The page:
How good are you at building and sustaining your personal boundaries?
Having boundaries in place is a sign of self-respect.
They are essential for your health and happiness.
Setting and sustaining boundaries is a skill and for many people this can be challenging.
It means giving yourself permission to set boundaries…
…and then you can work on preserving them.
Setting and sustaining personal boundaries
Know your limits
You can’t set good boundaries if you’re unsure of where you stand, so take time out to identify your mental, emotional and physical limits. This means being aware and accepting what makes you feel uncomfortable or stressed. Knowing these feelings will enable you to identify what your limits are.
Make self-care a priority
Prioritising self-care involves putting yourself first. When you do this, your motivation to set boundaries becomes stronger. Self-care means recognising the importance of your feelings and honouring them. These feelings serve as an important cue to understanding what makes you happy or unhappy. Putting yourself first gives you the energy, peace of mind and positive outlook to be more present with others.
Tune into your feelings
Two key feelings that will show you that you are letting go of your boundaries are discomfort and resentment. Resentment usually comes from being taken advantage of or not feeling appreciated. It’s often a sign that you are pushing yourself beyond your own limits. It can happen because you feel guilty and want to be a good daughter or wife, for instance, or someone else is imposing their expectations, views or values on you.
Boundaries are all about tuning into your feelings and listening to them. If you notice yourself slipping and not sustaining your boundaries, ask yourself what’s changed. What I am doing or what is the other person doing? What is the situation that’s making me resentful or stressed? Then, consider your options. What am I going to do about the situation? What do I have control over?
With some people, maintaining healthy boundaries doesn’t require clear-cut dialogue, but with others, you may need to be more direct. For instance, in a romantic relationship, time can become a boundary issue. You may need to talk to your partner about how much time you spend apart, so you can maintain your sense of self, or how much time you spend together, so you enjoy each other’s company.
Give yourself permission
Fear, guilt and self-doubt are big potential pitfalls. You might fear the other person’s response if you set and enforce your boundaries. You might feel guilty by speaking up or saying no to a family member. Many believe they should be able to cope with a situation, or say yes because they’re a good daughter or son, even though they feel drained or taken advantage of. You might wonder if you even deserve to have boundaries in the first place.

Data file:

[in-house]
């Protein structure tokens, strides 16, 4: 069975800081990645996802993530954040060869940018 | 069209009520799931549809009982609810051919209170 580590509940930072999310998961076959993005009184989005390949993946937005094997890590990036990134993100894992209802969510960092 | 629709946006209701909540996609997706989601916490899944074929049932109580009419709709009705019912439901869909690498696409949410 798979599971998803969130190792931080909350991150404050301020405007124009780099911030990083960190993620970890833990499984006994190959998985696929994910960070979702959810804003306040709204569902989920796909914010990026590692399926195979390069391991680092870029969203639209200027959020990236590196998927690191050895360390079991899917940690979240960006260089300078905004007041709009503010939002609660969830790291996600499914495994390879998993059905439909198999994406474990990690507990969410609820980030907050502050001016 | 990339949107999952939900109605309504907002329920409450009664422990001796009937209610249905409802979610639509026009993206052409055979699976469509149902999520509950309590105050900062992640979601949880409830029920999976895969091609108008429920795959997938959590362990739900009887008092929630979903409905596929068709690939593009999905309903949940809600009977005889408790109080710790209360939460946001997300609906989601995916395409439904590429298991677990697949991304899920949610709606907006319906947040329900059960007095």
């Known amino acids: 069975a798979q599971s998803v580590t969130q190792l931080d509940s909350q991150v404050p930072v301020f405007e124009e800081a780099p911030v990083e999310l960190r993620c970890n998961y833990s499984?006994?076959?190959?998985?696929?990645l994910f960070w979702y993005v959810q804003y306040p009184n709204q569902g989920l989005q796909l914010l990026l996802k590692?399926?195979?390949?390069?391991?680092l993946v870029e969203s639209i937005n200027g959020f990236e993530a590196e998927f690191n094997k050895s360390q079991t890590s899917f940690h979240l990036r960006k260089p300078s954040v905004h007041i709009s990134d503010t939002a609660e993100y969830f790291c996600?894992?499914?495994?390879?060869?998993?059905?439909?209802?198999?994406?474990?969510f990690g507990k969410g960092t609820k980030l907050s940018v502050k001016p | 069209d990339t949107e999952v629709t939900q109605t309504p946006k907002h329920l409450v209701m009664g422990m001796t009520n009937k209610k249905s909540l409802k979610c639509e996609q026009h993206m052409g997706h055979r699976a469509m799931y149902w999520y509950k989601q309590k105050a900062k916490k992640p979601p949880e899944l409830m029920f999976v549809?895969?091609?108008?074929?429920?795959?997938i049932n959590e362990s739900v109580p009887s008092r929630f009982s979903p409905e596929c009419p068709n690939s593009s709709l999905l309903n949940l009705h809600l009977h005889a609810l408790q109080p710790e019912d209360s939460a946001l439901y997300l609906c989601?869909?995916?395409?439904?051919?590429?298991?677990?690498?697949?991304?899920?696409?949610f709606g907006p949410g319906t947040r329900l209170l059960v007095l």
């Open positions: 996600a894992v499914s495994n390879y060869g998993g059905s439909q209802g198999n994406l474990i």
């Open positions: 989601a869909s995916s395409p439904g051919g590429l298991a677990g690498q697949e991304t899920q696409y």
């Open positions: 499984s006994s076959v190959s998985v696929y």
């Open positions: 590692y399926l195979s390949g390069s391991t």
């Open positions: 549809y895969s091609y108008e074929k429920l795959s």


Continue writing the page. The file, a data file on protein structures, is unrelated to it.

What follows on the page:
Consider your role
How you were raised, along with your role in your family, can become an additional obstacle in setting and preserving your boundaries. If you held the role of caretaker, you learnt to focus on others, letting yourself be drained mentally, emotionally or physically. Ignoring your own needs might have become the norm for you. Think about the people you surround yourself with. Is there a healthy give and take in the relationship?
Consider your environment
Your environment might be unhealthy, for instance, if your workday is an eight-hour day, but your co-workers regularly work a 10-hour day. There is an implicit expectation to go above and beyond. It can be challenging being the only one trying to maintain healthy boundaries. This is where tuning into your feelings and needs and honouring them becomes critical.
If you’re having a hard time with boundaries, seek some support, whether that’s a group, counselling, coaching or good friends. With friends or family, you can even make it a priority to practise setting boundaries together and holding each other accountable.
You know that it’s not enough to create boundaries – you have to uphold them! You know that people aren’t mindreaders, yet you still expect them to know what hurts you. Since they don’t, it’s important to assertively communicate with the other person when they have crossed a boundary. In a respectful way, let the other person know what is bothersome to you and that way you can work together to address it.
Like any new skill, assertively communicating your boundaries takes practice. Start with a small boundary that isn’t threatening to you, then incrementally increase to more challenging boundaries. Build upon your success and don’t take on something that feels overwhelming. Setting boundaries takes courage, practice and support.
Remember that it’s a skill you can master.
This month’s blog was inspired by Margarita Tartakovasky M.S and Dr Dana Gionta Ph.D